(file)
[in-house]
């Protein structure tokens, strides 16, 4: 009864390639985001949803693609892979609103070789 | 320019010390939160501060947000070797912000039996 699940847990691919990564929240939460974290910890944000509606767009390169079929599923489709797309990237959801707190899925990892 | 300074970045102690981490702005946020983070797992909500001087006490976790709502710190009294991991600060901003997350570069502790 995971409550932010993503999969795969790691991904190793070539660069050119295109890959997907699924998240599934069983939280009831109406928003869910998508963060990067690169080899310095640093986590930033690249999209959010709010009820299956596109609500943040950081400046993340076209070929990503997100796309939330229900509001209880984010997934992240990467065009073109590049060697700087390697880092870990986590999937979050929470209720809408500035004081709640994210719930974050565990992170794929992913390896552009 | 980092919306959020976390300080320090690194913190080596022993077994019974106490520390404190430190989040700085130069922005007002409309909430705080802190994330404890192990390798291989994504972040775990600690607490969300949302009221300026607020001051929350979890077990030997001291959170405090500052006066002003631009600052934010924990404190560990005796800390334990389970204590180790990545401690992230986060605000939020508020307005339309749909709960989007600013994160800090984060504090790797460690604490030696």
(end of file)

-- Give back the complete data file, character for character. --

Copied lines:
[in-house]
């Protein structure tokens, strides 16, 4: 009864390639985001949803693609892979609103070789 | 320019010390939160501060947000070797912000039996 699940847990691919990564929240939460974290910890944000509606767009390169079929599923489709797309990237959801707190899925990892 | 300074970045102690981490702005946020983070797992909500001087006490976790709502710190009294991991600060901003997350570069502790 995971409550932010993503999969795969790691991904190793070539660069050119295109890959997907699924998240599934069983939280009831109406928003869910998508963060990067690169080899310095640093986590930033690249999209959010709010009820299956596109609500943040950081400046993340076209070929990503997100796309939330229900509001209880984010997934992240990467065009073109590049060697700087390697880092870990986590999937979050929470209720809408500035004081709640994210719930974050565990992170794929992913390896552009 | 980092919306959020976390300080320090690194913190080596022993077994019974106490520390404190430190989040700085130069922005007002409309909430705080802190994330404890192990390798291989994504972040775990600690607490969300949302009221300026607020001051929350979890077990030997001291959170405090500052006066002003631009600052934010924990404190560990005796800390334990389970204590180790990545401690992230986060605000939020508020307005339309749909709960989007600013994160800090984060504090790797460690604490030696």